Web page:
alexa A Reflection on How We Value our Research (Impacts)…

ISSN: 2157-7420

Journal of Health & Medical Informatics

A Reflection on How We Value our Research (Impacts)…

Carlos J.L. Balsas*
Department of Arts and Sciences, University at Albany, Albany, USA
*Corresponding Author: Carlos J.L. Balsas, Department of Arts and Sciences, University at Albany, 1400 Washington Ave, Albany, NY 12222, USA, Tel: 518-442- 4469, Email: [email protected]

Received Date: Jan 19, 2018 / Accepted Date: Feb 01, 2018 / Published Date: Feb 08, 2018


This letter to the editor of Planning Magazine was written in response to an article published in the June 2016 issue of the magazine entitled “Research You Can Use-The five most-cited planning researchers”. To this day the letter has remained unaddressed by the editor. Therefore, I have taken the liberty to submit it to the Journal of Health & Medical Informatics, since some of the so called “most-cited” authors have also published on health-related topics, and the points I make in my letter below are valid across multiple disciplinary fields.

Keywords: Research; Research impact; Urban planning; Planning magazine; Citation metrics

Letter to the Editor

Urban and Regional Planning is by its very own nature a multidisciplinary professional field. What distinguishes it from cognate disciplines in the social sciences is its applied service emphasis to specific situations in a multitude of community types. Research is critical to the development of the profession, but often times, the most customary research metrics one finds readily available neglect to capture the impact of time-consuming invaluable service activities and community embeddedness nuances of what many researchers holding academic appointments at universities in north-America are asked to do regularly.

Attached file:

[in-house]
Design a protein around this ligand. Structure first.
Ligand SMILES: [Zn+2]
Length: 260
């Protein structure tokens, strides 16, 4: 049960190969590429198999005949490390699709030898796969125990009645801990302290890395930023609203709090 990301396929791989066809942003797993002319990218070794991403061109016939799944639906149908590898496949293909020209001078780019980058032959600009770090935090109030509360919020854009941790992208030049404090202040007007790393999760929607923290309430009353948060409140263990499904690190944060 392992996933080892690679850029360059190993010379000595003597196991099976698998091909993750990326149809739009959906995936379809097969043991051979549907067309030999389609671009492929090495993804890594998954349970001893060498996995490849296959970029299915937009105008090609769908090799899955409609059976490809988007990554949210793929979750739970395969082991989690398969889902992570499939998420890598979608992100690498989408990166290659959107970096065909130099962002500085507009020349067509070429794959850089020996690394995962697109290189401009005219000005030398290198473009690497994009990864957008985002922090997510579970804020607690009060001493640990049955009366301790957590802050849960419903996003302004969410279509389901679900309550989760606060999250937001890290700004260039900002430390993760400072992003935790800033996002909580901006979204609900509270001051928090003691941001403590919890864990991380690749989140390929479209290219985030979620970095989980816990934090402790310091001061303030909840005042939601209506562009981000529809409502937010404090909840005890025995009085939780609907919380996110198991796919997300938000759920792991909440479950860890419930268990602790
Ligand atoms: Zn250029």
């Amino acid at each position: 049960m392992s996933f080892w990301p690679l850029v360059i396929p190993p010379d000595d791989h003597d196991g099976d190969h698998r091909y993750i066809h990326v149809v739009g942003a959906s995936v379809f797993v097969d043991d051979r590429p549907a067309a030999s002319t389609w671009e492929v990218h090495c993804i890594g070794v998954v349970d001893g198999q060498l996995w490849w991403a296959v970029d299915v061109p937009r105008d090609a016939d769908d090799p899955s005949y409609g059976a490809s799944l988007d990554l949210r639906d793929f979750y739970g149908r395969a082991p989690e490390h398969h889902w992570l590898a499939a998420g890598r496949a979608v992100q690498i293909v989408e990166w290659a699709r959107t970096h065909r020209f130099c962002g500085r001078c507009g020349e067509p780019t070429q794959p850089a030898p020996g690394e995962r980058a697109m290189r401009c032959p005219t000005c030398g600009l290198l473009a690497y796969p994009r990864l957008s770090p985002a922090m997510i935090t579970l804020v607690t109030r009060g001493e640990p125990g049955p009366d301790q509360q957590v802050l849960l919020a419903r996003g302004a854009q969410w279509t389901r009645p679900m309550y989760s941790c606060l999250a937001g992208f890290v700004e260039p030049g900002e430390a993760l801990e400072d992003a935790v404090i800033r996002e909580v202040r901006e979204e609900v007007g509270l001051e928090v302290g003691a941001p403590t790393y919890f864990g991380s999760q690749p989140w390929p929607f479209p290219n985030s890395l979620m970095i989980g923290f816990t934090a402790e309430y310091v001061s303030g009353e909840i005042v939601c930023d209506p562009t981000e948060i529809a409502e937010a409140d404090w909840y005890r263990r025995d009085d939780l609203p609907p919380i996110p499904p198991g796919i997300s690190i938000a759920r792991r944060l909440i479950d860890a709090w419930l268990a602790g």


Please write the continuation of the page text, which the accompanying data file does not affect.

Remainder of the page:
In my particular case, I have taught a considerable number of studio courses, where teams of students and instructors work collaboratively with community leaders, residents, business owners, professional planners and elected officials. Those courses have been centered on identifying problems, studying situations from multiple perspectives and proposing suitable recommendations. I have applied this methodology in a relatively high number of planning studios in both Massachusetts and Arizona, as well as in many planning assignments in California and New York, and in countries ranging from Portugal and the United Kingdom to Brazil and Japan. Many of the public scholarship projects I have coordinated over the years have won state planning awards, however most of them were not captured by any research impact metrics.

Being an assistant professor with at least 10 years of classroom experience on both coasts of the United States, all of which involved different levels of direct engagement with clients, neighborhood organizations, planning departments at various governmental levels, consulting firms, residents, business owners and non-profit leaders has helped me gain invaluable knowledge and experience of multiple planning facets and processes. Team work has been central to planning and I have performed various roles in planning assignments ranging from project manager to specialist. In those roles I was responsible for obtaining funding, writing, analyzing, computing, illustrating and presenting planning analysis, findings and recommendations, sharing them with others, seeking feedback, correcting and refining less clear passages and minor overlooked details, and finally signing off on final products. I also have experience participating in critical meetings, short visits, and complying with tight deadlines.

I only hope that the various constituencies I have served over the years have appreciated the benefits derived from the intersection of planning education, practice and research outcomes, which I attempted to transmit in a myriad of ways, from published books, edited volumes, journals, newsletter and magazine articles, to encyclopedia and dictionary essays and entries. In most situations, if not all, I have attempted to draw implications for planning practice and pedagogy, and to advance the research capacities of the profession; nonetheless, many of those articles, essays and published documents are minimally, if at all, indexed by traditional research databases.